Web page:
Mass production in Europe: In addition to her role as CEO, Ruth is a Senator of Economy for Europe, a position established by the European Economic Senate (EES) - an independent body of enterprises and individuals that was founded in 2003 to promote European business interests. 

In her position of Senator, Ruth is currently defining applications suitable for mass production in Europe, and as she points out:

"The photonics industry is worth more than €250 billion and from a cost and output perspective, there is no reason for mass production to remain in Asia. It's not just about money and profits; it's also about the development of European society. For this reason, we are trying, with our European partners, to build a massive production line here in Europe".

What would you do differently if you could start again?

"In my case, there have been two occasions when I could have made a different decision. The first was my decision to return to Germany in 2000. If I'd chosen to stay in California, I would have had other great opportunities and maybe now I'd be a very highly paid manager in Silicon Valley, but I wouldn't have Multiphoton Optics".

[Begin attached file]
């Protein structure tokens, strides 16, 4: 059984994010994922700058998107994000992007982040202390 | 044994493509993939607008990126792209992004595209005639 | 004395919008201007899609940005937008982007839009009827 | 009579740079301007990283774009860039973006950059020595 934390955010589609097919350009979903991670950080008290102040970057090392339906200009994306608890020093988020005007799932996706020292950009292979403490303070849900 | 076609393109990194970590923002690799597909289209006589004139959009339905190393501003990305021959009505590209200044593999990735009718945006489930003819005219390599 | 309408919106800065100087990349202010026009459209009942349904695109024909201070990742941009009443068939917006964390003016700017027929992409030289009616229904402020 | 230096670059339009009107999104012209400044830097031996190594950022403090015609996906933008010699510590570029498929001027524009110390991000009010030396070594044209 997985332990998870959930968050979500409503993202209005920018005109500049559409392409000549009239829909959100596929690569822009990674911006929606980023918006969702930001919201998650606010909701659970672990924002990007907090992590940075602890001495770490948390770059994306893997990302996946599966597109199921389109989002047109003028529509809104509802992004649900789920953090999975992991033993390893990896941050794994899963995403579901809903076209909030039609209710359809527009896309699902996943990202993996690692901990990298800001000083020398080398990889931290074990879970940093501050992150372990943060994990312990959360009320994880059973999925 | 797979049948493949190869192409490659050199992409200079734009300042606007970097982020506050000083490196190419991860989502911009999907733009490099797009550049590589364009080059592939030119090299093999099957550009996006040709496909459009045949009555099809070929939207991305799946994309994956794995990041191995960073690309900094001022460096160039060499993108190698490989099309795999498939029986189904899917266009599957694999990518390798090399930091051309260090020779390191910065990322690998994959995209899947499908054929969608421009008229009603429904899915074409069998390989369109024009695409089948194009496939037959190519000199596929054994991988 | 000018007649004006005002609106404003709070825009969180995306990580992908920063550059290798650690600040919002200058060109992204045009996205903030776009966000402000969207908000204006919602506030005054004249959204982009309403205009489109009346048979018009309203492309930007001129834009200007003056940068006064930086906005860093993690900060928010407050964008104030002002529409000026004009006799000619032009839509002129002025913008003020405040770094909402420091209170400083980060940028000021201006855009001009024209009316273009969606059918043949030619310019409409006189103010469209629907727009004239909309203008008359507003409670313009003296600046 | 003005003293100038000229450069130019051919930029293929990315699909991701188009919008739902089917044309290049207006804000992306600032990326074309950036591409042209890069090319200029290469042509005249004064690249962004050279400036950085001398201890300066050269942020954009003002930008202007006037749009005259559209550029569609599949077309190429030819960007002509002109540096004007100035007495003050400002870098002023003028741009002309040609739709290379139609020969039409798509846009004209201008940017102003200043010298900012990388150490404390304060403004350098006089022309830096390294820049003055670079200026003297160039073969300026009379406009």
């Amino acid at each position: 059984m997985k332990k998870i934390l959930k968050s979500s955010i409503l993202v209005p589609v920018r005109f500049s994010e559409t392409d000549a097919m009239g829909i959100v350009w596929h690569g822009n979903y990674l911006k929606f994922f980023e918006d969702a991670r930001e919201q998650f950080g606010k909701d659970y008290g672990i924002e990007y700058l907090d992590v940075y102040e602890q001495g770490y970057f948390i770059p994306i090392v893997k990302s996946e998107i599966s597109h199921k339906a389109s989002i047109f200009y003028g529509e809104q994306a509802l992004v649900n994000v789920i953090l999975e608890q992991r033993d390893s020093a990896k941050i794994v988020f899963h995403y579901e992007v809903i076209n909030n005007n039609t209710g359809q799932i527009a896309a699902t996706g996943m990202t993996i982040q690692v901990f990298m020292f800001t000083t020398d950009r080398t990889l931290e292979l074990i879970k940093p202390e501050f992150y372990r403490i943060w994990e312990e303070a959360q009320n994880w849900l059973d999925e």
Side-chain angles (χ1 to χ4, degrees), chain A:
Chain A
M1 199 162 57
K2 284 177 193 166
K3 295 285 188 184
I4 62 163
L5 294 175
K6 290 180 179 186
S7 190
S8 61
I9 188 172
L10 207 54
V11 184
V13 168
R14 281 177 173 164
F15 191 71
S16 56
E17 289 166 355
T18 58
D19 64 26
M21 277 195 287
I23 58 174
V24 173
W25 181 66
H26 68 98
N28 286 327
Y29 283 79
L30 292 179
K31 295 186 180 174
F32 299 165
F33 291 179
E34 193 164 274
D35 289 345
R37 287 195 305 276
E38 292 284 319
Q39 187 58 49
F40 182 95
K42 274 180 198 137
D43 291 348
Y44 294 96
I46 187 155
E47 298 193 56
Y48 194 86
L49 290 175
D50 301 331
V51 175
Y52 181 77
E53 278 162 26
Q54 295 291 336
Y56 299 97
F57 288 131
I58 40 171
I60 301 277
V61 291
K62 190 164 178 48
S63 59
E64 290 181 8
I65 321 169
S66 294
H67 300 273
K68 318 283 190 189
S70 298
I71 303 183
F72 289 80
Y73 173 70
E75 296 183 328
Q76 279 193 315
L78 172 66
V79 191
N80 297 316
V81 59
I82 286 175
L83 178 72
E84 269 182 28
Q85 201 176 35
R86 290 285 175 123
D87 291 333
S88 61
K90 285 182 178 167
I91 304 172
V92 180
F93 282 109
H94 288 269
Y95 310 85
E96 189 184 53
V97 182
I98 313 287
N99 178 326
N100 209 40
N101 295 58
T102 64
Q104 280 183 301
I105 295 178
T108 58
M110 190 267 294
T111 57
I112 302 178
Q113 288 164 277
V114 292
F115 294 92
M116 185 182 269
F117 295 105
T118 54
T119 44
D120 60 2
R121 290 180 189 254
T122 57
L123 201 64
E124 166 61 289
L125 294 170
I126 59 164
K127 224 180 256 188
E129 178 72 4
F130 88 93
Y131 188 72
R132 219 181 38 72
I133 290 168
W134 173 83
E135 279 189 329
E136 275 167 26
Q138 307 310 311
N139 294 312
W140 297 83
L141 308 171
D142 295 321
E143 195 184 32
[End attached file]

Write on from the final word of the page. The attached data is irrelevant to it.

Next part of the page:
"The second relates to the time it took to start the company. It's true, I could have started earlier, but if I'd started in say, 2007/8, I wouldn’t have gained either the industrial experience or the clients that were an integral part in establishing Multiphoton Optics".

"In retrospect, I have no regrets about the indecisions I've made, because I now have the highest degrees of freedom to choose what I do with a great team of engineers and investors."

What words of wisdom do you have for future entrepreneurs?